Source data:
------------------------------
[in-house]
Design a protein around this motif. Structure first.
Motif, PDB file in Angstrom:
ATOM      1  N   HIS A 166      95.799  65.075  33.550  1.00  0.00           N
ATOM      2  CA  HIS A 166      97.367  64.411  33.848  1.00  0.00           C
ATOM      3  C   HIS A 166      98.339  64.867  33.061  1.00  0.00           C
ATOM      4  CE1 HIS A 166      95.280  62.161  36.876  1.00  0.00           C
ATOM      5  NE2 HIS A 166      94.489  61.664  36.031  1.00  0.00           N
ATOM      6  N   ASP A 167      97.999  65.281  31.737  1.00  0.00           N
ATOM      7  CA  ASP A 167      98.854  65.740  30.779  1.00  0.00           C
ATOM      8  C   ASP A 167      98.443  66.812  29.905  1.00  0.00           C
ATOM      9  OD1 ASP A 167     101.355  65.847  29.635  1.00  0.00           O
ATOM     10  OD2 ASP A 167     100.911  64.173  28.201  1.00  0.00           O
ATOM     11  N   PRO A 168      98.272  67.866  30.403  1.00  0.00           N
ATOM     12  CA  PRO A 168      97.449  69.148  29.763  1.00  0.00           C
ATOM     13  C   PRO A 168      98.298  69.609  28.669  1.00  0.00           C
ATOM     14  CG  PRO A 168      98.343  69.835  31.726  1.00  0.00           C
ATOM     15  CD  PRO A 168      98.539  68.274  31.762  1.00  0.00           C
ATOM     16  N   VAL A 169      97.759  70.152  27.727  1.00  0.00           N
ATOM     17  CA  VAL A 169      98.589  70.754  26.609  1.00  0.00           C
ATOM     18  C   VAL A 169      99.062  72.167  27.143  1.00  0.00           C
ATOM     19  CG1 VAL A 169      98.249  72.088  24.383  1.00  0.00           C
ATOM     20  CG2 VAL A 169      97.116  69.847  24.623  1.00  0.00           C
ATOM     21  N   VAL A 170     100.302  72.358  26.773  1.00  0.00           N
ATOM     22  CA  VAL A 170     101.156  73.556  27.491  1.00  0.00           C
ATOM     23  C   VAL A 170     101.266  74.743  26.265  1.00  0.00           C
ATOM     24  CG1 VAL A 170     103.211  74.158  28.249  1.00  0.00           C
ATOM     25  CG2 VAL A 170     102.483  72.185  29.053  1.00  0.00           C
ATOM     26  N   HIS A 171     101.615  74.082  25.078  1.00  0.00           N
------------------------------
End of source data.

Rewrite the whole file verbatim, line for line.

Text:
[in-house]
Design a protein around this motif. Structure first.
Motif, PDB file in Angstrom:
ATOM      1  N   HIS A 166      95.799  65.075  33.550  1.00  0.00           N
ATOM      2  CA  HIS A 166      97.367  64.411  33.848  1.00  0.00           C
ATOM      3  C   HIS A 166      98.339  64.867  33.061  1.00  0.00           C
ATOM      4  CE1 HIS A 166      95.280  62.161  36.876  1.00  0.00           C
ATOM      5  NE2 HIS A 166      94.489  61.664  36.031  1.00  0.00           N
ATOM      6  N   ASP A 167      97.999  65.281  31.737  1.00  0.00           N
ATOM      7  CA  ASP A 167      98.854  65.740  30.779  1.00  0.00           C
ATOM      8  C   ASP A 167      98.443  66.812  29.905  1.00  0.00           C
ATOM      9  OD1 ASP A 167     101.355  65.847  29.635  1.00  0.00           O
ATOM     10  OD2 ASP A 167     100.911  64.173  28.201  1.00  0.00           O
ATOM     11  N   PRO A 168      98.272  67.866  30.403  1.00  0.00           N
ATOM     12  CA  PRO A 168      97.449  69.148  29.763  1.00  0.00           C
ATOM     13  C   PRO A 168      98.298  69.609  28.669  1.00  0.00           C
ATOM     14  CG  PRO A 168      98.343  69.835  31.726  1.00  0.00           C
ATOM     15  CD  PRO A 168      98.539  68.274  31.762  1.00  0.00           C
ATOM     16  N   VAL A 169      97.759  70.152  27.727  1.00  0.00           N
ATOM     17  CA  VAL A 169      98.589  70.754  26.609  1.00  0.00           C
ATOM     18  C   VAL A 169      99.062  72.167  27.143  1.00  0.00           C
ATOM     19  CG1 VAL A 169      98.249  72.088  24.383  1.00  0.00           C
ATOM     20  CG2 VAL A 169      97.116  69.847  24.623  1.00  0.00           C
ATOM     21  N   VAL A 170     100.302  72.358  26.773  1.00  0.00           N
ATOM     22  CA  VAL A 170     101.156  73.556  27.491  1.00  0.00           C
ATOM     23  C   VAL A 170     101.266  74.743  26.265  1.00  0.00           C
ATOM     24  CG1 VAL A 170     103.211  74.158  28.249  1.00  0.00           C
ATOM     25  CG2 VAL A 170     102.483  72.185  29.053  1.00  0.00           C
ATOM     26  N   HIS A 171     101.615  74.082  25.078  1.00  0.00           N